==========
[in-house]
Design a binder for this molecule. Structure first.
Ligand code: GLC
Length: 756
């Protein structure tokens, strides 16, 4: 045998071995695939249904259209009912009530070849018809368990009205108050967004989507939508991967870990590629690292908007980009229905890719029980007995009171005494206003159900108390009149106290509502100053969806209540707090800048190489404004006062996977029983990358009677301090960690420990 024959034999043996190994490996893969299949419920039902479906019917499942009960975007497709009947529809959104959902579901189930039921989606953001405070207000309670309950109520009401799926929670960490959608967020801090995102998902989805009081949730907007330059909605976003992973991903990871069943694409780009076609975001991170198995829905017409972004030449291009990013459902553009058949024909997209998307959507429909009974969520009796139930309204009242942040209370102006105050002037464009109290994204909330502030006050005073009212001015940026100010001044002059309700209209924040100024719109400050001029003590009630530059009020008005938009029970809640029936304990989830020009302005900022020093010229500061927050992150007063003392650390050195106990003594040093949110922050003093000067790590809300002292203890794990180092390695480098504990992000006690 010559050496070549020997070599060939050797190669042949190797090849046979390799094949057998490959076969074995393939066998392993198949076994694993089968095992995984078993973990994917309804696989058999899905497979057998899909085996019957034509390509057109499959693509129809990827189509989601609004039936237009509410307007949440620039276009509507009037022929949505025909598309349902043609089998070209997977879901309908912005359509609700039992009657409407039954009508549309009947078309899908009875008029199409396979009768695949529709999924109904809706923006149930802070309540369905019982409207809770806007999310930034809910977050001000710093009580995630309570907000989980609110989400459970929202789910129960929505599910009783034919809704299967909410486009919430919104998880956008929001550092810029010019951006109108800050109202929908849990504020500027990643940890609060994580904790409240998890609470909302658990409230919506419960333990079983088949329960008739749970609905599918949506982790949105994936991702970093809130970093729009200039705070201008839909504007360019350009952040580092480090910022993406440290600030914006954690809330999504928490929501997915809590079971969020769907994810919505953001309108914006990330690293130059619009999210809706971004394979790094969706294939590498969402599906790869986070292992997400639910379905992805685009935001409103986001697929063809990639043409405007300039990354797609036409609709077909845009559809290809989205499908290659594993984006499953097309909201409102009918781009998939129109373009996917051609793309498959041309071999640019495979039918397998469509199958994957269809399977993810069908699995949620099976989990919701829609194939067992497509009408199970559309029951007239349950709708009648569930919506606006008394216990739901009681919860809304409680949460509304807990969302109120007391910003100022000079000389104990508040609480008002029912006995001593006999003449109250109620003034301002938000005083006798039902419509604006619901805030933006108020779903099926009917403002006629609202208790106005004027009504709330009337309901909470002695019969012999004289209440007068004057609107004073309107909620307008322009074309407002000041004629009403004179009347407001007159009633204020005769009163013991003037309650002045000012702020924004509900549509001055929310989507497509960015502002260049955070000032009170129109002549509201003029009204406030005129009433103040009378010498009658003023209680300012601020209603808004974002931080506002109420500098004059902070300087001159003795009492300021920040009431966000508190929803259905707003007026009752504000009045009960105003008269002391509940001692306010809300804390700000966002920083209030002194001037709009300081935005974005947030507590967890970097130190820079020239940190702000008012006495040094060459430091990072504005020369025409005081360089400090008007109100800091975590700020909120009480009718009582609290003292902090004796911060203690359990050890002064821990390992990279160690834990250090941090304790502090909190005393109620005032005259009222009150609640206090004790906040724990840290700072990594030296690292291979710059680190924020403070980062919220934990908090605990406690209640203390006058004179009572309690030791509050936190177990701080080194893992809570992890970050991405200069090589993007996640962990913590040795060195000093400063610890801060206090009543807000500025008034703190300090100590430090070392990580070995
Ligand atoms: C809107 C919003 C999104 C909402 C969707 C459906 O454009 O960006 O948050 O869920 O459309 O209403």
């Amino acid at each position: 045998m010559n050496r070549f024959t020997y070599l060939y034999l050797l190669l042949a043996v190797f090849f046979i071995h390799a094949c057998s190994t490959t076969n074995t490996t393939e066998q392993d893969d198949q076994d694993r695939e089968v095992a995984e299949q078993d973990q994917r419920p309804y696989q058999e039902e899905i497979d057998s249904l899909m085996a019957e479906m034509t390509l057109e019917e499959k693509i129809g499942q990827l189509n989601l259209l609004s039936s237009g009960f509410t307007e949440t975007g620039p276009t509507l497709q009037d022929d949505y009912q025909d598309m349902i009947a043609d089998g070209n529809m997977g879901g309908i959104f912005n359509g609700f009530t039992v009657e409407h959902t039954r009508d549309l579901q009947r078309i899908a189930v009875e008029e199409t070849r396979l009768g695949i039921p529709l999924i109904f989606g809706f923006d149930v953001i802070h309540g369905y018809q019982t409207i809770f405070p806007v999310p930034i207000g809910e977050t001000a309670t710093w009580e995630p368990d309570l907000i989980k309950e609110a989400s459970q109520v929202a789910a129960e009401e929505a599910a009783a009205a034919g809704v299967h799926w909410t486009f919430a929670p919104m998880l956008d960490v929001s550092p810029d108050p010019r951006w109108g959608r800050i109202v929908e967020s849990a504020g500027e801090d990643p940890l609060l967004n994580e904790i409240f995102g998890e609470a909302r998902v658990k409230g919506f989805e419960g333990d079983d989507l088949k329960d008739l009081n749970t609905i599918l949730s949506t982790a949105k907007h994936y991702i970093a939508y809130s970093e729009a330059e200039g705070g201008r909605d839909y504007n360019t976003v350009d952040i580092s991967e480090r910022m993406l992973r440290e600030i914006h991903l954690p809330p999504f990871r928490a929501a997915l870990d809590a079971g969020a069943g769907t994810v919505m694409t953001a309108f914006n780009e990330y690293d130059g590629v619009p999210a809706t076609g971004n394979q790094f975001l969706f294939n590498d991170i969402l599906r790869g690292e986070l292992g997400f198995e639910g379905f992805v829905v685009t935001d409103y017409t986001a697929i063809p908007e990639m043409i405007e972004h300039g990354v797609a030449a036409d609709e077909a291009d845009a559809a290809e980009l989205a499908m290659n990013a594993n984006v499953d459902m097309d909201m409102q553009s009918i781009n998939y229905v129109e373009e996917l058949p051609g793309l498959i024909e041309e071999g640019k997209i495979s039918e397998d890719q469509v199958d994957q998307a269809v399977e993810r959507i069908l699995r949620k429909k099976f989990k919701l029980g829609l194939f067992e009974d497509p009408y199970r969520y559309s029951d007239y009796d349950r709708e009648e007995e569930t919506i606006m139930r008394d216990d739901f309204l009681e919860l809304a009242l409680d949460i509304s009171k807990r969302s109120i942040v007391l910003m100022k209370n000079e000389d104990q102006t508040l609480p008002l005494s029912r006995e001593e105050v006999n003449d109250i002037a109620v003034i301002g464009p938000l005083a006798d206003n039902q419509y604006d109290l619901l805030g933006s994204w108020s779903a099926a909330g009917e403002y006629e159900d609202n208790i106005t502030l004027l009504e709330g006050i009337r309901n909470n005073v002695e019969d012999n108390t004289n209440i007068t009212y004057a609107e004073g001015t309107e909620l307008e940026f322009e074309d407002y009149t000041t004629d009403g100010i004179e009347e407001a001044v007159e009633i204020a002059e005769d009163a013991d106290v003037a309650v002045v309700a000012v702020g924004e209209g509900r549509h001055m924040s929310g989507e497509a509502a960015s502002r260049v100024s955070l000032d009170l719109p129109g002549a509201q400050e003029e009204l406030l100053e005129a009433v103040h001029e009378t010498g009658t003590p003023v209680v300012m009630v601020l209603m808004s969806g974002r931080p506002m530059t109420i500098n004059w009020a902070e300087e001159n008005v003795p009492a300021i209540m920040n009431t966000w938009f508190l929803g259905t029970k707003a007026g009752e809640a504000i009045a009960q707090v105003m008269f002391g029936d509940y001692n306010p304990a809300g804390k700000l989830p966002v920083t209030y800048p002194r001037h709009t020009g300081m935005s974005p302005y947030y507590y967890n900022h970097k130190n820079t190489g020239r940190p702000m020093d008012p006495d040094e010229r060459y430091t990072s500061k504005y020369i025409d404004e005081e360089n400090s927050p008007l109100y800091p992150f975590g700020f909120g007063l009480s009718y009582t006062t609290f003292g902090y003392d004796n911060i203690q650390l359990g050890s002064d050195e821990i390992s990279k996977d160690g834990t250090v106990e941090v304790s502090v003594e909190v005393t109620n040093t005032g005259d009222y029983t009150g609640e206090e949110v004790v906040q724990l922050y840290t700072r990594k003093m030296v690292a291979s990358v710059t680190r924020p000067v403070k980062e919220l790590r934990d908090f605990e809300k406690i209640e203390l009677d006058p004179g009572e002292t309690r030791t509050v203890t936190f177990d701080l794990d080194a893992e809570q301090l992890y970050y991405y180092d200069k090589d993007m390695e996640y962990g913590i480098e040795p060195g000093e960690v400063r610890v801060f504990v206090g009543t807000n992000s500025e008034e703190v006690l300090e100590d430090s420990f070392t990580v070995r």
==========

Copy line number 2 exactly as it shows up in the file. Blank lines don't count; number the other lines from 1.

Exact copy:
Design a binder for this molecule. Structure first.